The study, published today by the journal Climatic Change, finds a strong connection between U.S. weather trends and public and media attitudes towards climate science over the past 20 years – with skepticism about global warming increasing during cold snaps and concern about climate change growing during hot spells.
"Our findings help to explain some of the significant fluctuations and inconsistencies in U.S. public opinion on climate change," says UBC Geography Prof. Simon Donner who conducted the study with former student Jeremy McDaniels (now at Oxford University).
The researchers used 1990-2010 data from U.S. public opinion polls and media coverage by major U.S. newspapers, including The New York Times, Washington Post, The Wall Street Journal and USA Today. They evaluated the relationship between average national temperatures and opinion polls on climate change, along with the quantity and nature of media editorials and opinion pieces related to climate change.
While many factors affect climate change attitudes – political views, media coverage, personal experience and values – the researchers suggest that headline-making weather can strongly influence climate beliefs, especially for individuals without strong convictions for or against climate change.
"Our study demonstrates just how much local weather can influence people's opinions on global warming," says Donner. "We find that, unfortunately, a cold winter is enough to make some people, including many newspaper editors and opinion leaders, doubt the overwhelming scientific consensus on the issue."
Basil Waugh | EurekAlert!
Europe’s Demographic Future. Where the Regions Are Heading after a Decade of Crises
10.08.2017 | Berlin-Institut für Bevölkerung und Entwicklung
Scientists reveal source of human heartbeat in 3-D
07.08.2017 | University of Manchester
Whether you call it effervescent, fizzy, or sparkling, carbonated water is making a comeback as a beverage. Aside from quenching thirst, researchers at the University of Illinois at Urbana-Champaign have discovered a new use for these "bubbly" concoctions that will have major impact on the manufacturer of the world's thinnest, flattest, and one most useful materials -- graphene.
As graphene's popularity grows as an advanced "wonder" material, the speed and quality at which it can be manufactured will be paramount. With that in mind,...
Physicists at the University of Bonn have managed to create optical hollows and more complex patterns into which the light of a Bose-Einstein condensate flows. The creation of such highly low-loss structures for light is a prerequisite for complex light circuits, such as for quantum information processing for a new generation of computers. The researchers are now presenting their results in the journal Nature Photonics.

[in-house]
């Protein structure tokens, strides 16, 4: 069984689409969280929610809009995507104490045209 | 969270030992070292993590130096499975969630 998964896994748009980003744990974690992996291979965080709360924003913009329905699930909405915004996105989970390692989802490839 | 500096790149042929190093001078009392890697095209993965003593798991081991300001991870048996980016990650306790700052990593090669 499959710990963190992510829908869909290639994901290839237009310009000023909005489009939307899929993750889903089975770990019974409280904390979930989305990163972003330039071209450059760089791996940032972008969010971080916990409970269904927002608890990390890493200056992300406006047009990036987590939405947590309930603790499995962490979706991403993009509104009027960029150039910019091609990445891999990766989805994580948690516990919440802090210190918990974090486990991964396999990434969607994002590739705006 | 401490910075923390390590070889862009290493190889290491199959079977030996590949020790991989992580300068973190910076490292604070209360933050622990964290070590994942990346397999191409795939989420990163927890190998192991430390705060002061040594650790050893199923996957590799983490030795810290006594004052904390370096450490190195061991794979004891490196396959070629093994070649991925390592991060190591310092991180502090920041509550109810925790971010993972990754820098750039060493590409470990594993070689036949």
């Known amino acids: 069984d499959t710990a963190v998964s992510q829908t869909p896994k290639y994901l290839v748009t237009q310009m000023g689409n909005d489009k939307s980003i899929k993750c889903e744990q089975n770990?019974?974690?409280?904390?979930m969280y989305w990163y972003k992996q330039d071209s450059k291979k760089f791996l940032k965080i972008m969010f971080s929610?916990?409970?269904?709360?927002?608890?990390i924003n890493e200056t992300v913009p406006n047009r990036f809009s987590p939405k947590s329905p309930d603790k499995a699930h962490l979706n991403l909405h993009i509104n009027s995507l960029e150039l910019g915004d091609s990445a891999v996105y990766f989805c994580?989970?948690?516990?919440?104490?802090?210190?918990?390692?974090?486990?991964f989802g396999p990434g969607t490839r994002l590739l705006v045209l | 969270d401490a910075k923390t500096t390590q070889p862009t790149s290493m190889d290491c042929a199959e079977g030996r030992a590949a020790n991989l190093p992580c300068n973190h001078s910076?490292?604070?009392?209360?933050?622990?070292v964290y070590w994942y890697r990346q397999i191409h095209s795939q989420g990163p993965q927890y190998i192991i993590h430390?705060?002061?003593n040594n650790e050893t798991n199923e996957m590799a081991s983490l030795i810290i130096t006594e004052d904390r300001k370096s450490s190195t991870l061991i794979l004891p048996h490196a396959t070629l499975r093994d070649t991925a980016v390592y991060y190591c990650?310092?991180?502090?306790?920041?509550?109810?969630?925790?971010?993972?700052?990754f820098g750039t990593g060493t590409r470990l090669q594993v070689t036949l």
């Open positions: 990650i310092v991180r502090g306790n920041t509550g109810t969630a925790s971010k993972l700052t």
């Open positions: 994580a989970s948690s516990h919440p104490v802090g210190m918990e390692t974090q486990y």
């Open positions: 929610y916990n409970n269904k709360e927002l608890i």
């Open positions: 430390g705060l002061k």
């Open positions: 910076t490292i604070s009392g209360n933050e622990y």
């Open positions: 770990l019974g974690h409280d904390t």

Light particles (photons) occur as tiny, indivisible portions. Many thousands of these light portions can be merged to form a single super-photon if they are...
For the first time, scientists have shown that circular RNA is linked to brain function. When a RNA molecule called Cdr1as was deleted from the genome of mice, the animals had problems filtering out unnecessary information – like patients suffering from neuropsychiatric disorders.
While hundreds of circular RNAs (circRNAs) are abundant in mammalian brains, one big question has remained unanswered: What are they actually good for? In the...
An experimental small satellite has successfully collected and delivered data on a key measurement for predicting changes in Earth's climate.
The Radiometer Assessment using Vertically Aligned Nanotubes (RAVAN) CubeSat was launched into low-Earth orbit on Nov. 11, 2016, in order to test new...
A study led by scientists of the Max Planck Institute for the Structure and Dynamics of Matter (MPSD) at the Center for Free-Electron Laser Science in Hamburg presents evidence of the coexistence of superconductivity and “charge-density-waves” in compounds of the poorly-studied family of bismuthates. This observation opens up new perspectives for a deeper understanding of the phenomenon of high-temperature superconductivity, a topic which is at the core of condensed matter research since more than 30 years. The paper by Nicoletti et al has been published in the PNAS.
Since the beginning of the 20th century, superconductivity had been observed in some metals at temperatures only a few degrees above the absolute zero (minus...
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